It’s important to correct a common myth about schizophrenia. Some people believe that people with schizophrenia have split personalities, like the famous fictional characters Dr. Jekyll and Mr. Hyde. They seem to be confusing dissociative identity disorder (DID) with schizophrenia. Individuals with schizophrenia do not have split personalities.
DID and schizophrenia are two distinctly different disorders. The essential features of DID are memory loss, amnesia and multiple non-integrated personalities. People with schizophrenia do not have those symptoms. They commonly experience delusions, hallucinations and paranoia. Psychosis can cause someone to behave abnormally, and it can alter their personality. The changes in behavior and personality caused by psychosis might be why some people continue to believe in the idea of “split personalities” among people with schizophrenia.
In your case, you believe that you experienced a delusion. Delusions are a symptom of schizophrenia, but if it were your only symptom you would not receive a diagnosis of schizophrenia. A schizophrenia diagnosis requires at least two major psychotic symptoms, that are present for the majority of one month.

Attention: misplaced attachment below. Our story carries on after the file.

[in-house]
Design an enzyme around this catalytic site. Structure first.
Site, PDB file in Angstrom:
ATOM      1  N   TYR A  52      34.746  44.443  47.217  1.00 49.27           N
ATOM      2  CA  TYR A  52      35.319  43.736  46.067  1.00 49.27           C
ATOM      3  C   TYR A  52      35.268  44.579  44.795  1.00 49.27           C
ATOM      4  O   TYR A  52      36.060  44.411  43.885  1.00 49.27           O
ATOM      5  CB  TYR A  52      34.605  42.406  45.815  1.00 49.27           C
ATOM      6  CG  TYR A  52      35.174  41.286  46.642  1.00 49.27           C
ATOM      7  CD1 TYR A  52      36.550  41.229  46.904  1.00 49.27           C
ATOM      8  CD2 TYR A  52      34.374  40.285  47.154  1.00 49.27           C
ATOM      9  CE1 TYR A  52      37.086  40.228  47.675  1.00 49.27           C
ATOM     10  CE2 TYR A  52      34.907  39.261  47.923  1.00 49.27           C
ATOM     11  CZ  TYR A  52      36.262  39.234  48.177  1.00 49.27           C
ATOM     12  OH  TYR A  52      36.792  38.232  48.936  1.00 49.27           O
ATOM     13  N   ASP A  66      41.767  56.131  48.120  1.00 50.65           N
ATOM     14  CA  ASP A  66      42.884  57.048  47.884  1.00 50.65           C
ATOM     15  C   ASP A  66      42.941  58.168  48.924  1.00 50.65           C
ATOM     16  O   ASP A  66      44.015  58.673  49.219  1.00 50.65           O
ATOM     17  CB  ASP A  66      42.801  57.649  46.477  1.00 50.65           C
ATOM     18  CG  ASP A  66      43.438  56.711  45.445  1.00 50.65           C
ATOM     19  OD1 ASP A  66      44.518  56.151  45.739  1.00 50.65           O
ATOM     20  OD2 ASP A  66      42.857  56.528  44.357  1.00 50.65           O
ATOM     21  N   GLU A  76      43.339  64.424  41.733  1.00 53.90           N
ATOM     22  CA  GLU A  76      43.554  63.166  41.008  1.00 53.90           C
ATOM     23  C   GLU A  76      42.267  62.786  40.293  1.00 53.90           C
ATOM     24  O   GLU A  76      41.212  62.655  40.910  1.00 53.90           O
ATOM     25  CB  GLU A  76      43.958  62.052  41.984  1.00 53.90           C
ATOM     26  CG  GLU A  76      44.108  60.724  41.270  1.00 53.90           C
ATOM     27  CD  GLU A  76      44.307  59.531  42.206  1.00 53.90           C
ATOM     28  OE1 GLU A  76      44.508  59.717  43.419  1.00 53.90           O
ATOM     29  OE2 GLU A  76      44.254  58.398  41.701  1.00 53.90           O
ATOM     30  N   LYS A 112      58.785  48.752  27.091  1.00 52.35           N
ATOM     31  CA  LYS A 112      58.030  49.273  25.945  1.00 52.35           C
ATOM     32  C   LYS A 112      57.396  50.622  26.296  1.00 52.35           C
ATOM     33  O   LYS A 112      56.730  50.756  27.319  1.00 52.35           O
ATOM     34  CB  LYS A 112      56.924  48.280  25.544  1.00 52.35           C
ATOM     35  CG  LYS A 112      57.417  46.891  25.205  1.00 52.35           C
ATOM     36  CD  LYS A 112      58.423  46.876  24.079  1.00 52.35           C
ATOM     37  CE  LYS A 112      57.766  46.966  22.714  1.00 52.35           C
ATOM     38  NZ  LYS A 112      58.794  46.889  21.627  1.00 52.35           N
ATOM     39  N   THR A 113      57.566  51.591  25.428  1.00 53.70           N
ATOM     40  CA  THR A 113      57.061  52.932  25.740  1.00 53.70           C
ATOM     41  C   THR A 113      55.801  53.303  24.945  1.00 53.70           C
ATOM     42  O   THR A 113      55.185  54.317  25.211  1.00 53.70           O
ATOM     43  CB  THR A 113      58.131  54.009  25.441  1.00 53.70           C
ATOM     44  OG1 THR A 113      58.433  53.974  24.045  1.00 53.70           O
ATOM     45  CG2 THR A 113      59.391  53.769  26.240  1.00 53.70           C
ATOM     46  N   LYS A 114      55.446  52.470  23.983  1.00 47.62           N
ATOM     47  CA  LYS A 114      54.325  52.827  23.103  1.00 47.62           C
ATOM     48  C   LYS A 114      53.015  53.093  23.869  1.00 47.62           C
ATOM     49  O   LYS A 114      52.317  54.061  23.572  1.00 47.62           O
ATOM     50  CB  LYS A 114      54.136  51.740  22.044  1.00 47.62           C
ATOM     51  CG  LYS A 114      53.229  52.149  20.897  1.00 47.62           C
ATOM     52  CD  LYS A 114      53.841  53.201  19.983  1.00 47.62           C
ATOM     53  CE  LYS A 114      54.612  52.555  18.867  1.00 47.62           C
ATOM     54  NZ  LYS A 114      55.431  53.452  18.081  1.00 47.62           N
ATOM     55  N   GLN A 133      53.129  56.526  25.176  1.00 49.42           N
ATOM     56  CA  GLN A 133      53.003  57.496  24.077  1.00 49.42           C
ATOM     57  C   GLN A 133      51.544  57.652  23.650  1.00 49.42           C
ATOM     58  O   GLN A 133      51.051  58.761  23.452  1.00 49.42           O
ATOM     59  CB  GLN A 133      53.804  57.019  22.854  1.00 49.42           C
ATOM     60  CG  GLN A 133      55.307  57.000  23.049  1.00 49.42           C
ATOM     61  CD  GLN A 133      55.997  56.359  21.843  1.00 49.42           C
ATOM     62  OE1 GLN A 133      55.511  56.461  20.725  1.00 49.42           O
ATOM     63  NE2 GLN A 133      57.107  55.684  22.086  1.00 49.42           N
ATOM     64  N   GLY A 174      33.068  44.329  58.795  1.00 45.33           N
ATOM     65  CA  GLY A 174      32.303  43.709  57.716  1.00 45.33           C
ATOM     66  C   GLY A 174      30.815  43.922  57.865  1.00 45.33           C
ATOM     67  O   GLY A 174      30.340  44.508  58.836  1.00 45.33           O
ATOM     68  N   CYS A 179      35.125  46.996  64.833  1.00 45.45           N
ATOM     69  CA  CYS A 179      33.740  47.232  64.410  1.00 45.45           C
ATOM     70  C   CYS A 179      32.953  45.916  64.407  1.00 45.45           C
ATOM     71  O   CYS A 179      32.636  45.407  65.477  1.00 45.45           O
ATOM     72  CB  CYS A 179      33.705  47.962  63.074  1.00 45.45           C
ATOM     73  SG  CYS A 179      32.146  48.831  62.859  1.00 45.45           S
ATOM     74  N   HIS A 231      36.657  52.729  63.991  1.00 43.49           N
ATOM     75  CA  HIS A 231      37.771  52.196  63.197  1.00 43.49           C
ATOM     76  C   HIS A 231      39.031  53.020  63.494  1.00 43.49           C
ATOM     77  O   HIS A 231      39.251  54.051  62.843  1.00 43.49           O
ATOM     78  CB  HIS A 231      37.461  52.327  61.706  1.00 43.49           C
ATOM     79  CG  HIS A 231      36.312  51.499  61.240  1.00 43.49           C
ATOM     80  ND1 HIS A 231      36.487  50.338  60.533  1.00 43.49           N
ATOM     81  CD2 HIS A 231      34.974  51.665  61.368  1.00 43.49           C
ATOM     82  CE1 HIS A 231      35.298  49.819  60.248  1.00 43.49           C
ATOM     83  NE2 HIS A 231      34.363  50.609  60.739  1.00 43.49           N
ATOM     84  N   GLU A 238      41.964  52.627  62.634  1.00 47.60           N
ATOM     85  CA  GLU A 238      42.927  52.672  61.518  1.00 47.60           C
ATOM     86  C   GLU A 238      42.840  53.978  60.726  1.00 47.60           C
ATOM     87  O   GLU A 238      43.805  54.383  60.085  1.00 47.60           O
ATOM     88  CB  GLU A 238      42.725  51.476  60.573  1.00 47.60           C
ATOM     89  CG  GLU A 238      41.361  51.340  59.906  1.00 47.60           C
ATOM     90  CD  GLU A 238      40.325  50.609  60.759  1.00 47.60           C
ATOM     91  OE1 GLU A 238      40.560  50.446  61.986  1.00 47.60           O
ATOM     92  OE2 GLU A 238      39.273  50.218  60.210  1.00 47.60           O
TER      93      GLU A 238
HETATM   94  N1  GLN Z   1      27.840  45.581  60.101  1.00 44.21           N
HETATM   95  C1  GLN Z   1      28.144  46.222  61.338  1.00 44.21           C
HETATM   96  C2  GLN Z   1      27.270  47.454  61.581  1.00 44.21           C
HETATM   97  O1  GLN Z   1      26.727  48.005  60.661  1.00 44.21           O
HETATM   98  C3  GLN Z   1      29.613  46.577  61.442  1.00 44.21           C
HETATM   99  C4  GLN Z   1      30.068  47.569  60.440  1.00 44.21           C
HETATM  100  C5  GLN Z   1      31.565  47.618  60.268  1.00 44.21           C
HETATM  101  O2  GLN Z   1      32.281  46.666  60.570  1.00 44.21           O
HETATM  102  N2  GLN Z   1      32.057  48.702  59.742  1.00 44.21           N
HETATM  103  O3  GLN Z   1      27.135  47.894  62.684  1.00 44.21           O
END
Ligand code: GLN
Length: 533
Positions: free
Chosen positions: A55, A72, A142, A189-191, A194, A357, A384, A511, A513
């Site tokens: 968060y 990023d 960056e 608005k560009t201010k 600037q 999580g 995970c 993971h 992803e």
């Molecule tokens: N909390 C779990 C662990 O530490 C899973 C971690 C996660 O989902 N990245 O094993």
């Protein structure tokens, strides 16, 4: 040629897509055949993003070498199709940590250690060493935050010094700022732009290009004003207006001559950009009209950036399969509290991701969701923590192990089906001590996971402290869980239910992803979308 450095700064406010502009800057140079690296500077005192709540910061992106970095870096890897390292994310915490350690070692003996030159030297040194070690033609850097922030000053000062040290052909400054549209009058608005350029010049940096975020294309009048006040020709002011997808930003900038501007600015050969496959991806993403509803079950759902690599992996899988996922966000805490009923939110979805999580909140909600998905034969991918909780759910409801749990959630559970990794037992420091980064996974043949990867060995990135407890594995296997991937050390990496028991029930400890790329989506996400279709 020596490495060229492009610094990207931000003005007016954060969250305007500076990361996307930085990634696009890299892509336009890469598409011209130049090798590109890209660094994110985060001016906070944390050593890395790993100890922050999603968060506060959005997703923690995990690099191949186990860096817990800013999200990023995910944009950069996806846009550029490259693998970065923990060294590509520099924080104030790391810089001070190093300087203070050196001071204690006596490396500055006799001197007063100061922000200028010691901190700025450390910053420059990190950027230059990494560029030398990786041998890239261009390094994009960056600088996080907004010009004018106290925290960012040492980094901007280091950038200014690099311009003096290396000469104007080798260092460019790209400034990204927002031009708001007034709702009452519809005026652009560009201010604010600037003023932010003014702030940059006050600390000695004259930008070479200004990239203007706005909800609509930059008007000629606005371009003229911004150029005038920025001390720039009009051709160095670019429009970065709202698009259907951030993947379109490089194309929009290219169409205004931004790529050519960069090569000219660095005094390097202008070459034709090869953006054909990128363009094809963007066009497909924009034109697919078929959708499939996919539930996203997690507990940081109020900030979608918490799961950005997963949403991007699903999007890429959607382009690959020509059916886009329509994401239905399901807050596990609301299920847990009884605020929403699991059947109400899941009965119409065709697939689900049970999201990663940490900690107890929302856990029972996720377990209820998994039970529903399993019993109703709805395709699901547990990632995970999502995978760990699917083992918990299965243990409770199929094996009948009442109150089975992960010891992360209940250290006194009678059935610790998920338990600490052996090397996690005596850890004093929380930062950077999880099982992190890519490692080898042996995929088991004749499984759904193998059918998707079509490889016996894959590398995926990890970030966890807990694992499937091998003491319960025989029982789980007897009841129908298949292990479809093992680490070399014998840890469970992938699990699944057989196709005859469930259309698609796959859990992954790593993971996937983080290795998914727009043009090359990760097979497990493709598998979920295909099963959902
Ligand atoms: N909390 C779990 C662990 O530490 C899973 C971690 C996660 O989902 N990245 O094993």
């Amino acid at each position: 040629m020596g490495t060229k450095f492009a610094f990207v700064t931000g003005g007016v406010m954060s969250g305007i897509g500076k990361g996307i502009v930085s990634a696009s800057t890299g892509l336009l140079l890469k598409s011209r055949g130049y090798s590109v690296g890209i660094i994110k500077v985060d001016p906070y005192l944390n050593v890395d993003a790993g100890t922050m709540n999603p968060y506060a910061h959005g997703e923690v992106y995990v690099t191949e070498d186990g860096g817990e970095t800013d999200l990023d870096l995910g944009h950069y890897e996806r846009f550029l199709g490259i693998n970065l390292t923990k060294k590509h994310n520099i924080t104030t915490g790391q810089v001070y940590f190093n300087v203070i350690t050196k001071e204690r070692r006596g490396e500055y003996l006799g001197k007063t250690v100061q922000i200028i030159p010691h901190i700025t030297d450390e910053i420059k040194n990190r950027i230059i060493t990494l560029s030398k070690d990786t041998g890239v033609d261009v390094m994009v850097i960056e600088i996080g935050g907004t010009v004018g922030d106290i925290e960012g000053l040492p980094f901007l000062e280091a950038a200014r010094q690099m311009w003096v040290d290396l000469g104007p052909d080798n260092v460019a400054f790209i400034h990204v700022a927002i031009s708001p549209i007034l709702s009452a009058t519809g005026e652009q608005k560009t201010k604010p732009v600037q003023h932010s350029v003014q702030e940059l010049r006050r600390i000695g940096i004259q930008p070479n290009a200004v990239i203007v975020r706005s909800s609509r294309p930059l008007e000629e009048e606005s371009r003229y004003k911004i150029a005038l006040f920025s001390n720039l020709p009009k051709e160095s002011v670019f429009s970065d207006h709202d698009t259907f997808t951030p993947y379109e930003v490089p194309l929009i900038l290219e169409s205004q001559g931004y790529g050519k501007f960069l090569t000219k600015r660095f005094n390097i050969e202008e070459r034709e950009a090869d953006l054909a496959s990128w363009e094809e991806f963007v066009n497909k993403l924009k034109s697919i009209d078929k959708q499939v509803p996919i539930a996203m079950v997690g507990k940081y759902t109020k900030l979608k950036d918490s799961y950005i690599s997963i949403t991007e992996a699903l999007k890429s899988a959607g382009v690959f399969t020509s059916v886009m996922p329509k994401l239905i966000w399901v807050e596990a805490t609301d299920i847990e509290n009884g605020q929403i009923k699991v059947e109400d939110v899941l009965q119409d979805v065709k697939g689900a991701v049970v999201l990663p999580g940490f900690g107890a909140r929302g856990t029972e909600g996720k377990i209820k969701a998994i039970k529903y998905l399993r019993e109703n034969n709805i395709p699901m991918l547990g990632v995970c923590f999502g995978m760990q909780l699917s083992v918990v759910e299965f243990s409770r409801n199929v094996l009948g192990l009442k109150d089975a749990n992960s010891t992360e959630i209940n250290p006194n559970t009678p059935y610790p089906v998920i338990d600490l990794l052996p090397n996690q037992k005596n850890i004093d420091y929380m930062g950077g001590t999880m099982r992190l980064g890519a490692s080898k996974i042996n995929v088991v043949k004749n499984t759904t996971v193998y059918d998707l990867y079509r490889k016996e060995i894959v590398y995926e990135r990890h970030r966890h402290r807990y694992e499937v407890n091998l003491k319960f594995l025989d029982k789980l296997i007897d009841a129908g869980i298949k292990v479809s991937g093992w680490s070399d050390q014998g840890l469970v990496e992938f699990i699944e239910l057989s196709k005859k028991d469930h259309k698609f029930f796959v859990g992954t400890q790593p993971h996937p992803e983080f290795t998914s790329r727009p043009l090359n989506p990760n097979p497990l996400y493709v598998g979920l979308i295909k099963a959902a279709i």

Delusions are associated with delusional disorder, bipolar disorder, brief psychotic disorder and other related psychotic disorders.
It’s possible that you did not experience a delusion. It may have been paranoia or a dissociative symptom related to your current diagnosis. Dissociative symptoms, such as depersonalization and derealization, are associated with both posttraumatic stress disorder and borderline personality disorder.
My recommendation is to consult your treating mental health professionals. They have intimate knowledge of your psychosocial history and can offer suggestions about treatment, if necessary. It’s important for your treatment team to be aware of all symptom changes and concerns. Please take care.